Operation Abyss: New Tokyo Legacy – Review
Follow Genre: Jrpg, dungeon crawler
Developer: Experience Inc
Publisher: NIS America Inc.
Platforms: Ps Vita, Ps TV
Tested on: Ps Vita

Operation Abyss: New Tokyo Legacy – Review

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Good: Voice acting is convincing
Bad: Sound effects can become grating
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Published by NIS America Inc, they have a large library of JRPGS among which entries in the Disgaea series. Code Abyss: New Tokyo Legacy is not only a jrpg, but also a dungeon crawler. You’ll be up against wave after wave of monsters trying to figure out what is going on, and where the dangers have originated from.

Operation Abyss 10


Operation Abyss: New Tokyo Legacy is about a city where mutated beings called Variants attack innocents and it’s up to the Xth, a special unit specialized with dealing with the threat to clear the city of the monsters. If only the Variants were the problem it might be easy to finish them all off, however with the Variants, portals have appeared into dimensional pockets, and it’s up to the Xth to determine where the portals have sprung from and put a stop to it. The team is made up of high school kids and it makes for some pretty funny moments as they have to leave class to do missions. The teachers and other kids can’t know what your team is up to exactly. The flow of the story is slow and steady and because the story isn’t predictable, you’ll be more engaged in it.



Operation Abyss: New Tokyo Legacy has an anime art style. The game has little animations and the only special effects are the hit splats. The only 3D is in the maps. If the developers used at least a modicum of the PS Vita’s power and animate the characters attacks, would make the combat a lot more interesting. The closest thing to a cutscene is the game panning out to show a character. This is a shame, because the game wants to paint a bigger picture and the story really lends to some animated scenes.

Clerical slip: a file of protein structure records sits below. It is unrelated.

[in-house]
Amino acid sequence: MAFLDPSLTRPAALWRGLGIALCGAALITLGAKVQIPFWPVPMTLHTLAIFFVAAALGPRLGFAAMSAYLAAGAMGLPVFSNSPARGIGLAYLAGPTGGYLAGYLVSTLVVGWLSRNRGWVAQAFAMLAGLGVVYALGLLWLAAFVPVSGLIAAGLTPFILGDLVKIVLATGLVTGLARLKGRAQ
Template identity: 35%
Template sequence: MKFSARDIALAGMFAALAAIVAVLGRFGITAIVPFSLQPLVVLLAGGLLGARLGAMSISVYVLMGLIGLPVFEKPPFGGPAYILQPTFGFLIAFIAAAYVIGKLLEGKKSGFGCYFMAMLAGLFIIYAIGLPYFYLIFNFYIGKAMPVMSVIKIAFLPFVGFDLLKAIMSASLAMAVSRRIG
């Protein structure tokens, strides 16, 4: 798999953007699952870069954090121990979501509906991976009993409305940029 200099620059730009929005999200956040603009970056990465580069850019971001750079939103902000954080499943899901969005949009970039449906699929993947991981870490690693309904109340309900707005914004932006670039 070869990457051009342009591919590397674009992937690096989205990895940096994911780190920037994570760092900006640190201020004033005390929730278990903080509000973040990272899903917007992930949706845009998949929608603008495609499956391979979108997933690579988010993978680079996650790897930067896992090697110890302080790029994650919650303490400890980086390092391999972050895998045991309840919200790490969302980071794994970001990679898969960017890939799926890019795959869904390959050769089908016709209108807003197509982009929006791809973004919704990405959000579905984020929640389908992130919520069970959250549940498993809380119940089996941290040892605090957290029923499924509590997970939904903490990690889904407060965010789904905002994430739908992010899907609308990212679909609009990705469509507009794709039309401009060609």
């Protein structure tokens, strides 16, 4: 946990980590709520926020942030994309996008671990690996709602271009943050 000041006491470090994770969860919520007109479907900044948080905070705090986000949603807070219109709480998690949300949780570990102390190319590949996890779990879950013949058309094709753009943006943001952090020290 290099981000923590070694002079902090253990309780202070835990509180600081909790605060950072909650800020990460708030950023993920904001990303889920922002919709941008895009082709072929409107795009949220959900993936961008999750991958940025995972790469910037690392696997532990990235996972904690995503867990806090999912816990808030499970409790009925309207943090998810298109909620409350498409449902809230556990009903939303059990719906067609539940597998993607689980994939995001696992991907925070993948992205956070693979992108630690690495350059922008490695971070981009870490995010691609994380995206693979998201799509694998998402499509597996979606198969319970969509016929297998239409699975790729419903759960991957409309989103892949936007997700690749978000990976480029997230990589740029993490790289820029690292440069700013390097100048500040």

Operation Abyss: New Tokyo Legacy has a decent soundtrack. As you traverse the dungeons you’ll be mostly listening to footsteps. Every door in every dungeon makes the exact same noise and after a while you’ll want to mute that specific sound. The voice acting in the game is really good. This you can switch on and off. At first why you would want to do this, is unclear at first, but as you progress, you’ll notice that the game isn’t fully voice acted. This is a shame as the writing comes to life when you listen to the voices.




Operation Abyss: New Tokyo Legacy is a mix between a traditional JRPG and a dungeon crawler and has two modes when you start up a new game: Basic Mode and Classic Mode. The first is a mode recommended for everyone. You can still enlist new members once you have gotten to grips with the game. The latter is lets you customize you character further and is more for the experienced players to the genre, after a short intro, it dumps you into a member enlist menu. The game still lets you use the default characters, should you wish so. The game has a low learning curve and slowly but certainly ups the difficulty curve later into the game.